vii) Read the systolic level -- the first appearance of a clear tapping sound [phase I Korotkoff] and the diastolic level (the point at which the sounds disappear [phase 4 Korotkoff]). If Korotkoff sounds persist as the level approaches 0 mmHg, then the point of muffling of the sound is used (phase IV) to indicate the diastolic pressure. Leaving the cuff partially inflated for too long will fill the venous system and make the sounds difficult to hear. To avoid venous congestion, it is recommended that at least one minute should elapse between readings.

viii) Record the blood pressure to the closest 2 mmHg on the manometer (or 1 mmHg on electronic devices) as well as the arm used and whether the patient was supine, sitting or standing. Avoid digit preference by not rounding up or down. Record the heart rate. The seated blood pressure is used to determine and monitor treatment decisions. The standing blood pressure is used to examine for postural hypotension, if present, which may modify the treatment.

ix) In the case of arrhythmia, additional readings with auscultation may be required to estimate the average systolic and diastolic pressure. Isolated extra beats should be ignored. Note the rhythm and pulse rate.

x) Blood pressure should be taken in both arms on at least one visit and if one arm has a consistently higher pressure, that arm should be subsequently used for blood pressure measurement and interpretation.

*Unless specifically mentioned, steps apply to measurement by auscultation and oscillometry using an upper arm cuff. Re-printed with permission of CHEP.

9

Table 2: Examples of Hypertensive Urgencies and Emergencies * Asymptomatic diastolic BP ≥ 130 mmHg

Table 2: Examples of Hypertensive Urgencies and Emergencies *

Asymptomatic diastolic BP 130 mmHg Severe elevations of BP in the setting of any of:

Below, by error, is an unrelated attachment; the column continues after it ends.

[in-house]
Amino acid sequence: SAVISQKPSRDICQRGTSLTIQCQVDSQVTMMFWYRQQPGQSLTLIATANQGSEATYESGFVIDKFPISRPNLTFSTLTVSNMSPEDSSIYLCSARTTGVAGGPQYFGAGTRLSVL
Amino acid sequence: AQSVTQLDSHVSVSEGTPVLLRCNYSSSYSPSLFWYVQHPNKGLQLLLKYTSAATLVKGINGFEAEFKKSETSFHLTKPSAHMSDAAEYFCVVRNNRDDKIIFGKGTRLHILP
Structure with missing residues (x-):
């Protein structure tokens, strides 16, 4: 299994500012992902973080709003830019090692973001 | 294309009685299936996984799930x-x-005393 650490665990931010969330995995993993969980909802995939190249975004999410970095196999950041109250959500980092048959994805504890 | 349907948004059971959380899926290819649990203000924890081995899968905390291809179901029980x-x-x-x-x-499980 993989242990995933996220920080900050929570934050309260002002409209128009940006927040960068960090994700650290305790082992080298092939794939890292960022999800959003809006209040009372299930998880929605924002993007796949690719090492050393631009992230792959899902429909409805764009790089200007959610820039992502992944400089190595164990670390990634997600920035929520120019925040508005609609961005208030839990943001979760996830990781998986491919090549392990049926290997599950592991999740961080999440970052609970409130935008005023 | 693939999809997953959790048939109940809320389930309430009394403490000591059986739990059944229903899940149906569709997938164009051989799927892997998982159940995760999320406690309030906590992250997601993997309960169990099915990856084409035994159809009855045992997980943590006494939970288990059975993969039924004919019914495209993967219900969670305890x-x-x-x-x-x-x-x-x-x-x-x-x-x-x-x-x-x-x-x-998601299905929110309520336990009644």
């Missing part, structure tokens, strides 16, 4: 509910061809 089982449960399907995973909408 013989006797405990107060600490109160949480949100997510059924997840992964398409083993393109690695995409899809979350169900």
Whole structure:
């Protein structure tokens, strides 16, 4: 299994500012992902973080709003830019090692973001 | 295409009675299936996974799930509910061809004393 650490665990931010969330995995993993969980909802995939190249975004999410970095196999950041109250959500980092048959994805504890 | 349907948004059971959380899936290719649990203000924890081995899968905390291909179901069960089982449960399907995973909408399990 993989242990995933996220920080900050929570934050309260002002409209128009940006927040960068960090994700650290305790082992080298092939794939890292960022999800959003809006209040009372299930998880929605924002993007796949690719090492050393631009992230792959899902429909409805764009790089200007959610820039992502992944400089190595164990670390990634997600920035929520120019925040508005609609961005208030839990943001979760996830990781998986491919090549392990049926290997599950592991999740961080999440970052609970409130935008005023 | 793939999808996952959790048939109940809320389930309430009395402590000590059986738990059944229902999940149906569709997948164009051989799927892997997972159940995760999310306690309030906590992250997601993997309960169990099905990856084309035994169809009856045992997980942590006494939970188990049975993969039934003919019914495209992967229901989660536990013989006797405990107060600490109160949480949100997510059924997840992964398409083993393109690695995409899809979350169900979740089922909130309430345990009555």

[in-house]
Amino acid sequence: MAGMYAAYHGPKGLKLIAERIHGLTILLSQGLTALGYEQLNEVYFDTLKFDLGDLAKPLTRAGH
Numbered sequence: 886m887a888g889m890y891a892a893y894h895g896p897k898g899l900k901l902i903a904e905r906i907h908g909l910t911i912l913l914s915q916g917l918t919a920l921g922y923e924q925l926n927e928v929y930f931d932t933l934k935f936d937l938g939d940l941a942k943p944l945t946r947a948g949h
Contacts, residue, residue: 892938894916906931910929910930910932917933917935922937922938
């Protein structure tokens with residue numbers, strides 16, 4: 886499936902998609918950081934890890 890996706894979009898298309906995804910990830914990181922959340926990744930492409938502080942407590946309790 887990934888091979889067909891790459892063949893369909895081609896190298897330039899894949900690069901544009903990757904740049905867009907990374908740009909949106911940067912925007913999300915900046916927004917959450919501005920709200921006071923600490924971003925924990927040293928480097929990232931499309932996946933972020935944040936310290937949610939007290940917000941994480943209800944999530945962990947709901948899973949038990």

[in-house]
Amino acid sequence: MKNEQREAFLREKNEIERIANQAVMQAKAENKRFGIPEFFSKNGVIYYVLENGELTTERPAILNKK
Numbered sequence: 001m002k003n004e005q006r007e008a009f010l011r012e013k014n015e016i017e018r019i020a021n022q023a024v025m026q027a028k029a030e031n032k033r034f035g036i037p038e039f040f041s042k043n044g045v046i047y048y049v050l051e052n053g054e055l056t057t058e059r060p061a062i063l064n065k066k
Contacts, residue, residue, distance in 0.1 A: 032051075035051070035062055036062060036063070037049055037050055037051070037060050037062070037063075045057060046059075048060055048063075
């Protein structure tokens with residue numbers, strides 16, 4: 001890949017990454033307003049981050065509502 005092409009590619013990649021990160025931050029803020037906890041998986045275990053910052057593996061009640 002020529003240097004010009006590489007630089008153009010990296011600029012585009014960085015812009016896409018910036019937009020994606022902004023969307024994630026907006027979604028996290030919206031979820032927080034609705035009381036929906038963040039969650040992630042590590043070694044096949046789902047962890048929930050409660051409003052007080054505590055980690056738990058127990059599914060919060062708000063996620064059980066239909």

Hypertensive encephalopathy Acute aortic dissection Acute left ventricular failure Acute coronary syndrome Acute kidney injury Intracranial hemorrhage Acute ischemic stroke Eclampsia of pregnancy

* Reprinted with permission of CHEP

Table 3: Examples of Target Organ Damage *

Cerebrovascular Disease

Stroke

Ischemic stroke and transient ischemic attack Intracerebral hemorrhage Aneurysmal sub-arachnoid hemorrhage Dementia Vascular dementia Mixed vascular dementia and dementia of the Alzheimers type Hypertensive Retinopathy Left Ventricular Dysfunction Left Ventricular Hypertrophy Coronary Artery Disease Myocardial infarction Angina pectoris Congestive heart failure Renal Disease Chronic Kidney Disease (GFR < 60 ml/min/1.73 m 2 ) Albuminuria Peripheral Artery disease Intermittent claudication

* Reprinted with permission of CHEP

10

Table 4: Examples of Key Cardiovascular Risk Factors for Atherosclerosis * Prior history of clinically

Table 4: Examples of Key Cardiovascular Risk Factors for Atherosclerosis *

Prior history of clinically overt atherosclerotic disease indicates a very high risk for a recurrent atherosclerotic event (e.g., Peripheral arterial disease, previous stroke or TIA).

Non-Modifiable

Age 55 years

Male

Family history of premature cardiovascular disease (age < 55 in men and < 65 in women)

Modifiable

Sedentary lifestyle

Poor dietary habits

Abdominal obesity

Dysglycemia

Smoking

Dyslipidemia

Stress

Nonadherence

* Reprinted with permission of the CHEP

11

Table 5: Examples of exogenous factors that can induce/aggravate hypertension* Prescription Drugs: NSAIDs, including

Table 5: Examples of exogenous factors that can induce/aggravate hypertension*

Prescription Drugs:

NSAIDs, including coxibs

Corticosteroids and anabolic steroids

Oral contraceptives and sex hormones